By Lin Chia-nan / Staff reporter
Taiwan’s first space development bill on Monday passed a third reading, empowering the Ministry of Science and Technology to establish a national rocket launch site.
The bill would confirm the ministry as the authority to oversee local space activities, including the establishment of a launch venue and approval of launch plans.
Those who launch a vehicle without obtaining government approval would face a fine of NT$1 million to NT$10 million (US$36,183 to US$361,834), or a prison term of up to five years, the bill says.
Compensation that an owner or operator of a launch vehicle would be required to pay is capped at NT$5 billion if a launch were to cause an accident.
The ministry should consult with the Ministry of Economic Affairs and other agencies to encourage the private sector to invest in the space industry and cultivate talent, the bill says.
The science ministry said that it would complete drafts of other regulations as soon as possible, including a bill to upgrade the National Space Organization (NSPO) to fall directly under its jurisdiction, removing the National Applied Research Laboratories from the hierarchy.
Questions have been raised over whether the development bill is tailored for space launch services firm Taiwan Innovative Space (TiSPACE) and how it could progress so swiftly after a draft was approved by the Executive Yuan on Feb. 18.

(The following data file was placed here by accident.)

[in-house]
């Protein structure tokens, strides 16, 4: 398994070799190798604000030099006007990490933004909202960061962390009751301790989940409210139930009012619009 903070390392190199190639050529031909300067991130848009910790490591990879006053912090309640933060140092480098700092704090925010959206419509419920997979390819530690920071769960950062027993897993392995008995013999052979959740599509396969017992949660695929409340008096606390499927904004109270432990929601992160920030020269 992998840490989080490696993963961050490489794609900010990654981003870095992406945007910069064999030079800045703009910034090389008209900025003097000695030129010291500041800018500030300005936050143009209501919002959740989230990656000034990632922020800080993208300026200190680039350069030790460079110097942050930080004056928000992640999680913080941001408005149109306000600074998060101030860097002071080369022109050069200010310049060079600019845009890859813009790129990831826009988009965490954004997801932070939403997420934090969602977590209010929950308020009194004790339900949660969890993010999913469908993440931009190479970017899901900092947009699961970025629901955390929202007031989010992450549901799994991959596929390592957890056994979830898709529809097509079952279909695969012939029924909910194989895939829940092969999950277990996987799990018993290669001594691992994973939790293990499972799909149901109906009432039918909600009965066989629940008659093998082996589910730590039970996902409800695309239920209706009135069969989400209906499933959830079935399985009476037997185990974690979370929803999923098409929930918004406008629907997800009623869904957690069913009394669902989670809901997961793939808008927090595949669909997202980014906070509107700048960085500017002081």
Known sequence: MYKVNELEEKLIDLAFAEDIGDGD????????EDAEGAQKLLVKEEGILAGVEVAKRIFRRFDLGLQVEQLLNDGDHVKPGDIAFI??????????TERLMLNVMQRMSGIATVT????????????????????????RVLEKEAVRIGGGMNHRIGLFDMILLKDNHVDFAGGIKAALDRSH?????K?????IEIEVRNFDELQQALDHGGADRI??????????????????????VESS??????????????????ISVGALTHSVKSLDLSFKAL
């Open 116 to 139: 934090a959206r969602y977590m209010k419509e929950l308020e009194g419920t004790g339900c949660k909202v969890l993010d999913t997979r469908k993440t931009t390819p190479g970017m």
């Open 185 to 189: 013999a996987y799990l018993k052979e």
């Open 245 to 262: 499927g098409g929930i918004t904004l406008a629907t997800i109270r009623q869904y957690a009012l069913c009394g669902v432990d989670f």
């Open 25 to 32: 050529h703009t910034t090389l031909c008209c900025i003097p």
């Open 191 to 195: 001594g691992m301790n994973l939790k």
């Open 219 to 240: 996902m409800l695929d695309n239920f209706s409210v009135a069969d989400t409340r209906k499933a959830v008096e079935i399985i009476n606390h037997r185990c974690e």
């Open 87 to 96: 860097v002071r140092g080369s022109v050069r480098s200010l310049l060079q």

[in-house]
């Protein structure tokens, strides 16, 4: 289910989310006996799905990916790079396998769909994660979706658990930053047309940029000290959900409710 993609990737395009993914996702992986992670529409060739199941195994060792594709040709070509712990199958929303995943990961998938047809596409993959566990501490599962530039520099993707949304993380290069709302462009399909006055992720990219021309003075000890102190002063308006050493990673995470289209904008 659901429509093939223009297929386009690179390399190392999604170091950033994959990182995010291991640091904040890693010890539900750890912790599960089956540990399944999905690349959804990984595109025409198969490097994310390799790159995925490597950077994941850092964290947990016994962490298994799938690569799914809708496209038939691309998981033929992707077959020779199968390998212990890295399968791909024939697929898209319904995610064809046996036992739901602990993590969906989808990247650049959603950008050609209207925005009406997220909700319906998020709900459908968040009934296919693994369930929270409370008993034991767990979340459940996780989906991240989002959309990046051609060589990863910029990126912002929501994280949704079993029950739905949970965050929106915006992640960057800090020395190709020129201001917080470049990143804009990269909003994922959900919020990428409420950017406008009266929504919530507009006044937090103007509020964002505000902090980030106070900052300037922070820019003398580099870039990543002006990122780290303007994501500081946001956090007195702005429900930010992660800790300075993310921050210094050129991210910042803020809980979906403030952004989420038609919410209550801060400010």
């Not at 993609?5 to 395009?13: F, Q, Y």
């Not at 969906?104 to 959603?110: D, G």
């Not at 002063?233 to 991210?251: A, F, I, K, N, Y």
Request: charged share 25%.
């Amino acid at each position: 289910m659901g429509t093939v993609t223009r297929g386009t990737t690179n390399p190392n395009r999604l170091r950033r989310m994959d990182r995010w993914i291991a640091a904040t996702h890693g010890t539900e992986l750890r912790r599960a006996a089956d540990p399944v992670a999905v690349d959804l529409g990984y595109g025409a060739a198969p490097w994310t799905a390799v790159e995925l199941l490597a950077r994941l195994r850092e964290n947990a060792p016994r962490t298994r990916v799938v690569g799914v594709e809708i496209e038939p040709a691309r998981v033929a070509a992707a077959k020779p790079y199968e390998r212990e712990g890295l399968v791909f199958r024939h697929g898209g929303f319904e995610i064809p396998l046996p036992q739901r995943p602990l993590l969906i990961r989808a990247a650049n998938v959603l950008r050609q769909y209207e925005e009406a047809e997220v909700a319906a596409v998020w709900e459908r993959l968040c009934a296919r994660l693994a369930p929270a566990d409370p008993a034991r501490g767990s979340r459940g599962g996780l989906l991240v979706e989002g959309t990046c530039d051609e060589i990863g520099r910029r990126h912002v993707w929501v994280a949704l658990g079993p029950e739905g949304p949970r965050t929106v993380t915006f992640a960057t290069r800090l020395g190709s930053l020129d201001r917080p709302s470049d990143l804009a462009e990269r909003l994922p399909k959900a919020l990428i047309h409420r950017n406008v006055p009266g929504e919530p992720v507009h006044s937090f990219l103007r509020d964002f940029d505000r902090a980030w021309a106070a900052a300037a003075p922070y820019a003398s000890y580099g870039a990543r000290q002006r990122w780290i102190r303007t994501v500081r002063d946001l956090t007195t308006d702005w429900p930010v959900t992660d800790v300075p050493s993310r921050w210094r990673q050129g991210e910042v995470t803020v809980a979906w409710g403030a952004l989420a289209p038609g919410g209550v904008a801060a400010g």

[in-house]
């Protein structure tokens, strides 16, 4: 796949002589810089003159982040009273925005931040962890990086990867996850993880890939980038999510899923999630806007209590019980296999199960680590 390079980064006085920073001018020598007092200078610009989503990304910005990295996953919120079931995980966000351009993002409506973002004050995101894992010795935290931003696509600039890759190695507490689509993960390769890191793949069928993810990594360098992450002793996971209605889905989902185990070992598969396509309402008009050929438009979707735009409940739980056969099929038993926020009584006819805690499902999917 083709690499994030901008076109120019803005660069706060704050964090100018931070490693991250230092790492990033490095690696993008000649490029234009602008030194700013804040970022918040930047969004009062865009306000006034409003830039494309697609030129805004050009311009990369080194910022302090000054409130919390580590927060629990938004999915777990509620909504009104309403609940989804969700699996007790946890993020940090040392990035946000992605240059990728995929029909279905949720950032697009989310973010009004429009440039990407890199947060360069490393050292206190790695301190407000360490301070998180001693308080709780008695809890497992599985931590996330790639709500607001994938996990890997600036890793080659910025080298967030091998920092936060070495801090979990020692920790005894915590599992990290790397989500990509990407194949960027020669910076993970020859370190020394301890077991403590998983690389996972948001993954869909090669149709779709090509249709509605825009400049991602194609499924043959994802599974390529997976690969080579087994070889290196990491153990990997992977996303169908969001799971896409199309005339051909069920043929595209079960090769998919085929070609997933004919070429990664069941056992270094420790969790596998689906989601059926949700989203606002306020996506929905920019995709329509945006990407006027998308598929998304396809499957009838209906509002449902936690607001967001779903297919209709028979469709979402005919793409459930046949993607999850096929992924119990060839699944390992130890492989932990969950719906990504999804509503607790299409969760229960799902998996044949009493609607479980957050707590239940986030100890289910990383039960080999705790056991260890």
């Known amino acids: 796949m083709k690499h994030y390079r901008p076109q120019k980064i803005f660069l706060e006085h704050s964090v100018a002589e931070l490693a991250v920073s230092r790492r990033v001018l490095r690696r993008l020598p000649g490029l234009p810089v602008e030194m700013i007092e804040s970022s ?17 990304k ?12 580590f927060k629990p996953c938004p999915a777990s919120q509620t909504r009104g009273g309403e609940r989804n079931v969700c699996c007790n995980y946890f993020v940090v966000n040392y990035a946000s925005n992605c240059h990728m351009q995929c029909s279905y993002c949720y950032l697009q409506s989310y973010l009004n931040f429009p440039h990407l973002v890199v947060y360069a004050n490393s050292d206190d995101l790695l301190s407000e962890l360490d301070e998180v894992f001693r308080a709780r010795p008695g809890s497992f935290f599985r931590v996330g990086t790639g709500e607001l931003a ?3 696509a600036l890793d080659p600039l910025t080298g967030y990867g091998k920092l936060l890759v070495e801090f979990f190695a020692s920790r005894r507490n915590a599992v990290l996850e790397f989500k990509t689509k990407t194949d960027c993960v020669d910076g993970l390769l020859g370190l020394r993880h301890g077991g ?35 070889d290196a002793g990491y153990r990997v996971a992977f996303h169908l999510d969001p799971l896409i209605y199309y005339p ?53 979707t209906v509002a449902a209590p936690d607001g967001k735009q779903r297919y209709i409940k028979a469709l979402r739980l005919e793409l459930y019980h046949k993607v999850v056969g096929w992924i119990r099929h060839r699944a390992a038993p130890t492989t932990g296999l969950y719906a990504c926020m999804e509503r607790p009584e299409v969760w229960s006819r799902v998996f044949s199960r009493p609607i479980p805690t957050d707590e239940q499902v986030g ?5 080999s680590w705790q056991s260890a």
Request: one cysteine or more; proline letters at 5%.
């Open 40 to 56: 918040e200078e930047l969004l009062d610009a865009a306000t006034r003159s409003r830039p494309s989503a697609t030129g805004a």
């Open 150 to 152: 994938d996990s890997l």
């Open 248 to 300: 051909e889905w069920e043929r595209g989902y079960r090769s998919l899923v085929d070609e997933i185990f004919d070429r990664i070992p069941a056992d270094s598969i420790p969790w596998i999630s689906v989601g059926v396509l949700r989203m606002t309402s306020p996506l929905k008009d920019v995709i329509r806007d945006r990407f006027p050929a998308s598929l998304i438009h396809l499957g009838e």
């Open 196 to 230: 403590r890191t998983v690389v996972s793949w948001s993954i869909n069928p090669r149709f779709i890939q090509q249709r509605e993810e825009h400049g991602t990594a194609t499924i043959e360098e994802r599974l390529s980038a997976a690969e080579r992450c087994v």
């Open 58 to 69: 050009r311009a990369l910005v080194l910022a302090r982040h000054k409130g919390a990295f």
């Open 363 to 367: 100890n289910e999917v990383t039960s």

TiSPACE’s Web site says that it aims “to provide the commercial satellite operators with global-coverage and 24-hours-a-day services enabling on-demand satellite launches.”
The company, headquartered in Miaoli County’s Jhunan Township (竹南), sparked controversy after a planned test-launch of its Hapith I rocket in Taitung County’s Nantian Village (南田) last year was suspended because of a dispute over the site’s legitimacy.
The Taipei Times on May 7 reported that the company was headed to Australia to assess the feasibility of a launch there.
Space law expert Chris Huang (黃居正), who helped the science ministry and the NSPO draft the bill, said that they had started working on drafts in about 2014 and had referenced the regulations of many governments, including those in Australia, the EU, Japan and the US.
Despite some differences between drafts, they all revolved around regulations for launch vehicles, Huang said, denying that the bill is designed for TiSPACE.
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